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In this space, I will regularly comment on events in Russia, repost content and tweets I find interesting and informative, and shamelessly promote myself (and others, whose work I like). The traditional Power Vertical Blog remains for larger and more developed items. The Podcast, of course, will continue to appear every Friday. I hope you find the new Power Vertical Feed to be a useful resource and welcome your feedback. More

19:16 November 21, 2014


On this week's Power Vertical Podcast, we use the one-year anniversary of the Euromaidan uprising to look at how it changed both Ukraine and Russia. My guests are Sean Guillory and Alexander Motyl.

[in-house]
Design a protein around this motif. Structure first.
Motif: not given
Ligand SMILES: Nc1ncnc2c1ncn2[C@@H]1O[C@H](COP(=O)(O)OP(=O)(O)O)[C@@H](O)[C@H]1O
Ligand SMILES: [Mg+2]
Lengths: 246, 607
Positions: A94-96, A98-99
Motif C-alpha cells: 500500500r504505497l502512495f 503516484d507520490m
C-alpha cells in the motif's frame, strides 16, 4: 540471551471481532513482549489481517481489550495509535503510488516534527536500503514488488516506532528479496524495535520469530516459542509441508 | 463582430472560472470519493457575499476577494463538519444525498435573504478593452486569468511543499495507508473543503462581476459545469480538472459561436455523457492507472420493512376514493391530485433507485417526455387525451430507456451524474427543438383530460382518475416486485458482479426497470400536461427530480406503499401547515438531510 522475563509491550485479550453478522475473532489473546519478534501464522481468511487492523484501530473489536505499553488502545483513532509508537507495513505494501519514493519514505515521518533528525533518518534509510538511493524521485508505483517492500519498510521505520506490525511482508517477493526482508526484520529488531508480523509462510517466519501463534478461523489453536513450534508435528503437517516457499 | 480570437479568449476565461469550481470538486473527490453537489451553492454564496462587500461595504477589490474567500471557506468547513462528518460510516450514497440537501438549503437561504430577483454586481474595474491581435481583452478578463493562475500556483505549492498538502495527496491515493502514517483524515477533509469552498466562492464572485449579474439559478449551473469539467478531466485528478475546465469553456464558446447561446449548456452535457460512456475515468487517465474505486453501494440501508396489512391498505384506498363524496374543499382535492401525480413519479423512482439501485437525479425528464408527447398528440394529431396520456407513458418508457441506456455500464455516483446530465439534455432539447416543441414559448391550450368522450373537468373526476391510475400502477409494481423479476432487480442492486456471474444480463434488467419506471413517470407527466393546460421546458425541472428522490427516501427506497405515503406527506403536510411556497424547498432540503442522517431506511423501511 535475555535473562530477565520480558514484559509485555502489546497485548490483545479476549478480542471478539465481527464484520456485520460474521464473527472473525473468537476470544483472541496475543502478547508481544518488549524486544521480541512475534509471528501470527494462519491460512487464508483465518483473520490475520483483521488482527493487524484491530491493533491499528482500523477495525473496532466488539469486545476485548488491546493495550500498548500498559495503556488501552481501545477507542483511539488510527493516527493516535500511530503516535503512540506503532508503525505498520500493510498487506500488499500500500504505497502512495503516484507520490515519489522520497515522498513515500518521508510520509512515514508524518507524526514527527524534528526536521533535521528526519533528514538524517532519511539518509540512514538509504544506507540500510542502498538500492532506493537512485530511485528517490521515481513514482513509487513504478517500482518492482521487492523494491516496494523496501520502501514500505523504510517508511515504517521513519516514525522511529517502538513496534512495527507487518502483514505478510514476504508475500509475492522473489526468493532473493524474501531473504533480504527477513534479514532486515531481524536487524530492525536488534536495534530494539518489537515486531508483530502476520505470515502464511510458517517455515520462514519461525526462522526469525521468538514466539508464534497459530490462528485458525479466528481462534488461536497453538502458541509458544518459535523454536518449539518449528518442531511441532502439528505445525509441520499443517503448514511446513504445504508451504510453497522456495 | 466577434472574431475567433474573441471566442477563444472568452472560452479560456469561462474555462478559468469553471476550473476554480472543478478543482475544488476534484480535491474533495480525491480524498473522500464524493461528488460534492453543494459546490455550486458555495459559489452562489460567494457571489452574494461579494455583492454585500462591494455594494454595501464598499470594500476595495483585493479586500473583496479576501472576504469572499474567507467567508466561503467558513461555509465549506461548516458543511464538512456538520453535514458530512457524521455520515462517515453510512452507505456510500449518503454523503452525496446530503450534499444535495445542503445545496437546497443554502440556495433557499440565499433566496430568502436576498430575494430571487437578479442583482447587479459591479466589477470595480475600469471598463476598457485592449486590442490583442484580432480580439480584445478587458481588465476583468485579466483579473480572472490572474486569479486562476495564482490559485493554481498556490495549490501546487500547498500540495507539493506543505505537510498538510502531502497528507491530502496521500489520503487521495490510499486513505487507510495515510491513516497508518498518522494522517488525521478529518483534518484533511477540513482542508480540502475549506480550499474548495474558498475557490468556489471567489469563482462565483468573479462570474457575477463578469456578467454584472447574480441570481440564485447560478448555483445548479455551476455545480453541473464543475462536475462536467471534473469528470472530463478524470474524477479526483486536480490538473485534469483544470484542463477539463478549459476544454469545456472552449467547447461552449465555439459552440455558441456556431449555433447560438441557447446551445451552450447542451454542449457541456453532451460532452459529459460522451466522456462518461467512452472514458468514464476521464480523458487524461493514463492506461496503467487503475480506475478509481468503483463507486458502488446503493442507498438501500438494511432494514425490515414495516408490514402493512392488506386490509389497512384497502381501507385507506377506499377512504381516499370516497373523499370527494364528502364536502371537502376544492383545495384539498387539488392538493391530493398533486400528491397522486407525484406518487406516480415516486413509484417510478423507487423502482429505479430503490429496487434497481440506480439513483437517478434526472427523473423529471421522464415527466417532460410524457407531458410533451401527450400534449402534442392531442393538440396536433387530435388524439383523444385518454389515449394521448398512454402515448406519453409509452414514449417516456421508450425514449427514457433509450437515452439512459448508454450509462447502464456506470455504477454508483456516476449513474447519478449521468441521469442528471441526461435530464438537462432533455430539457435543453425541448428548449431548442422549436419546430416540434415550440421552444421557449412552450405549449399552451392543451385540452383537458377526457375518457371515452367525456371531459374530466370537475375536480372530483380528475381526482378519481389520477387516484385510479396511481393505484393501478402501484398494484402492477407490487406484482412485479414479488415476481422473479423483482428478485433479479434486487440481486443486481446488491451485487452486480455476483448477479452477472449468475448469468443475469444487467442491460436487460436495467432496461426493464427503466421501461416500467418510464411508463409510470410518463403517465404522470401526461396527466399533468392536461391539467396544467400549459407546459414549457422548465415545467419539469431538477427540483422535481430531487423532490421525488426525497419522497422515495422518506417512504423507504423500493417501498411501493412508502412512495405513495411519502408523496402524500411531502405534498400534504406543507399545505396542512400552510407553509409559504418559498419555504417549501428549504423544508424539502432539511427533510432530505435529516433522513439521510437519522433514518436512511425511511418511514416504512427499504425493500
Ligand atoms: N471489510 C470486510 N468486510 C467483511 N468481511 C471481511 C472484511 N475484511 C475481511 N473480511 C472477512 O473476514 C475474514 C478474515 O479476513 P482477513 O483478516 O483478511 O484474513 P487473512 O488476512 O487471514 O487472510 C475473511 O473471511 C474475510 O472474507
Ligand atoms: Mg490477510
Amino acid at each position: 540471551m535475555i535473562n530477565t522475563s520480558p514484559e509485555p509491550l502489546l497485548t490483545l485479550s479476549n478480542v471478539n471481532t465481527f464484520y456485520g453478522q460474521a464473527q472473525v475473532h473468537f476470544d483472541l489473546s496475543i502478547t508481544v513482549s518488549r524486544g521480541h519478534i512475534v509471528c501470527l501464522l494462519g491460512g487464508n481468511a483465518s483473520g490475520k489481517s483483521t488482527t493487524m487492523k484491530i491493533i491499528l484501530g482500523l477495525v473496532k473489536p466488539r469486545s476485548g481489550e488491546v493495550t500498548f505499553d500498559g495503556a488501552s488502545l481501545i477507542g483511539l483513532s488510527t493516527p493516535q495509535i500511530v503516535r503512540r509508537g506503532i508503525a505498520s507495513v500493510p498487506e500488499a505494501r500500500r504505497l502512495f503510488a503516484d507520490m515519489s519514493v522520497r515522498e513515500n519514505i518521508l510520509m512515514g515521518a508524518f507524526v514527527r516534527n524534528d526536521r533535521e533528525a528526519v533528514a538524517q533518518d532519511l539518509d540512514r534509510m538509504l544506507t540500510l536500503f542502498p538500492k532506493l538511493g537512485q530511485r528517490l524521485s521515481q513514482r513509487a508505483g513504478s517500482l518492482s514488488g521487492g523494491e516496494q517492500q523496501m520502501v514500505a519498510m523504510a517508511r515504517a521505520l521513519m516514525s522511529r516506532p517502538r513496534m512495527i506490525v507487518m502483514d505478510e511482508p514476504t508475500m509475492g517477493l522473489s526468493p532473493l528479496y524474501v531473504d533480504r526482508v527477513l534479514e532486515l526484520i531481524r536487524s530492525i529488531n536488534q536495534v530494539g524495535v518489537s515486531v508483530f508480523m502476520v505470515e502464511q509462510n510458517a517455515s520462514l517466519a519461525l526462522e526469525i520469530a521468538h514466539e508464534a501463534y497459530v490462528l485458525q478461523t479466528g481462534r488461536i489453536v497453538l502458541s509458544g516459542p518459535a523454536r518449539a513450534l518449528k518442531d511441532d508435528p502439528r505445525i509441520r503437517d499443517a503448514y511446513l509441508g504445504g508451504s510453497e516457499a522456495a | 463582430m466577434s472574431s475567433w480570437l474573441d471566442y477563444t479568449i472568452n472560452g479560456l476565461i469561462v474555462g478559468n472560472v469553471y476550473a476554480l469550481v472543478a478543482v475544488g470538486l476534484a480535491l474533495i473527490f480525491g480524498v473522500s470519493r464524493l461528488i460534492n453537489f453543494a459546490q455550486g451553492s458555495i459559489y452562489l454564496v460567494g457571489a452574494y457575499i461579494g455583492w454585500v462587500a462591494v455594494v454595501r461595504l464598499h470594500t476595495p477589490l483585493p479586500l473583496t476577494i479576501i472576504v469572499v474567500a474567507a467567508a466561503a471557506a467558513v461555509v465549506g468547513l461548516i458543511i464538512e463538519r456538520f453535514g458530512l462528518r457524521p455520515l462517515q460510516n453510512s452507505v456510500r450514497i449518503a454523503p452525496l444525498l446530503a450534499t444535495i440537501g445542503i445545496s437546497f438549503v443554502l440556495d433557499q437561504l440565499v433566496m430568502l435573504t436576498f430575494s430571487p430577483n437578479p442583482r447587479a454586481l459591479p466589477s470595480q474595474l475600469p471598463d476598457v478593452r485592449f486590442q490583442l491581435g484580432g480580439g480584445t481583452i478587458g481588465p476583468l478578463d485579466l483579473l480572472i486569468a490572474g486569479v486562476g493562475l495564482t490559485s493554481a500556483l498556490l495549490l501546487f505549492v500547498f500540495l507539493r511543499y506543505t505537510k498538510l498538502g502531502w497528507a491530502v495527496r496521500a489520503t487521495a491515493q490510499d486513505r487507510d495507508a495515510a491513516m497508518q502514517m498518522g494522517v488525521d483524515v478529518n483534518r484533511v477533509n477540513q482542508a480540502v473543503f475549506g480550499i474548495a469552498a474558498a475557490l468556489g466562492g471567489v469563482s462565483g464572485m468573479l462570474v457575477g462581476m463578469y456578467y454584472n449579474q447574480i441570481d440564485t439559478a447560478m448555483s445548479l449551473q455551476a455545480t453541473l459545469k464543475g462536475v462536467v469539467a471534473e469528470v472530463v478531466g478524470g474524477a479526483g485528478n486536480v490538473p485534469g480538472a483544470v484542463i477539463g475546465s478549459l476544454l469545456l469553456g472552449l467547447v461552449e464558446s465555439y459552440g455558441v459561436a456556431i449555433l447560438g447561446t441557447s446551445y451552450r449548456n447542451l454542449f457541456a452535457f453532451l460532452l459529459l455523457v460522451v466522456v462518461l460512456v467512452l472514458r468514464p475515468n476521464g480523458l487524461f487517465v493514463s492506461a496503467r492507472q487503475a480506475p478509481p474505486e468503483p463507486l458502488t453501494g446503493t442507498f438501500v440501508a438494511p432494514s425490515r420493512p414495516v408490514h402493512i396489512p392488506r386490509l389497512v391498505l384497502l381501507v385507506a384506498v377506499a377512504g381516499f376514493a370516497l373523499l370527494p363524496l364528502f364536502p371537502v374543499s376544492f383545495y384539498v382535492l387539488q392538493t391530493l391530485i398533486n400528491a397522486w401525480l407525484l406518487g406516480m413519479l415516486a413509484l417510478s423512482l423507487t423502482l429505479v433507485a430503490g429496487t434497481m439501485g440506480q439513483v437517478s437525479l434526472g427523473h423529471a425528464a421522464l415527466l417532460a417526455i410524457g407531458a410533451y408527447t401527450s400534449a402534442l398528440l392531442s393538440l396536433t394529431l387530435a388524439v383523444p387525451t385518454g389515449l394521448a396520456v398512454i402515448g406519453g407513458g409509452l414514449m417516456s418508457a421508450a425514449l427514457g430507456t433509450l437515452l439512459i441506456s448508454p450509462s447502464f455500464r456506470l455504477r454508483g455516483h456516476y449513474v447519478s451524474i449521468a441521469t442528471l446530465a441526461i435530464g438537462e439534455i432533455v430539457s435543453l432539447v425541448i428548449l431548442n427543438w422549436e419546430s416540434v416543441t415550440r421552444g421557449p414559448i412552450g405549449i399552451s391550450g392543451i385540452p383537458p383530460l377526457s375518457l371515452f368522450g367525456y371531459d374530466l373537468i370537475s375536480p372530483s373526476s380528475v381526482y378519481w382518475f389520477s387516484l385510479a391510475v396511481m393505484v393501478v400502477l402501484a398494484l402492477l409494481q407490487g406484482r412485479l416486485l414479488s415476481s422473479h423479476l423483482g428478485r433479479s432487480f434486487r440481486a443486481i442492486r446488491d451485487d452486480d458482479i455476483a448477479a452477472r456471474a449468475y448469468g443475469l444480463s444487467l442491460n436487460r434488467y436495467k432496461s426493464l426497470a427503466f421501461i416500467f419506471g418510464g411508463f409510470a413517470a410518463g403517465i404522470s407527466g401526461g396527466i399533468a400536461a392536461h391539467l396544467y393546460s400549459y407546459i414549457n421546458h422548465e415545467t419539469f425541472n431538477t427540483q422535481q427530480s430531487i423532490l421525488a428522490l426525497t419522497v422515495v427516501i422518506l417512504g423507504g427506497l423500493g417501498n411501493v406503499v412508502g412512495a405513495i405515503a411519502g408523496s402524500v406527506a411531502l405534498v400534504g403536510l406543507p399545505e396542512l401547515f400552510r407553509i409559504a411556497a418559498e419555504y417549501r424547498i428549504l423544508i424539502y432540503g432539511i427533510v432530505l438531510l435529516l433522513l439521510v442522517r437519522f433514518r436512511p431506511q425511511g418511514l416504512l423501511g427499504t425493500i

09:14 November 21, 2014
09:11 November 21, 2014


09:09 November 21, 2014


From RFE/RL's News Desk:

Ukrainians are marking a new national holiday on November 21 -- the anniversary of the start of Kyiv’s Euromaidan protests that led to the ouster of the country’s former pro-Kremlin regime.
Ukrainian President Petro Poroshenko signed decree on November 13 that declared the holiday for annual “Day of Dignity and Freedom” celebrations.
The protests began with a few hundred people who met spontaneously on a vast square in central Kyiv of November 21, 2013 – disappointed by then-President Viktor Yanukovych’s rejection of a landmark deal with the European Union in favor of closer ties with Russia.
After that first night, as the protests quickly swelled to tens of thousands of demonstrators, brutal police efforts to disperse the crowds with batons and teargas backfired.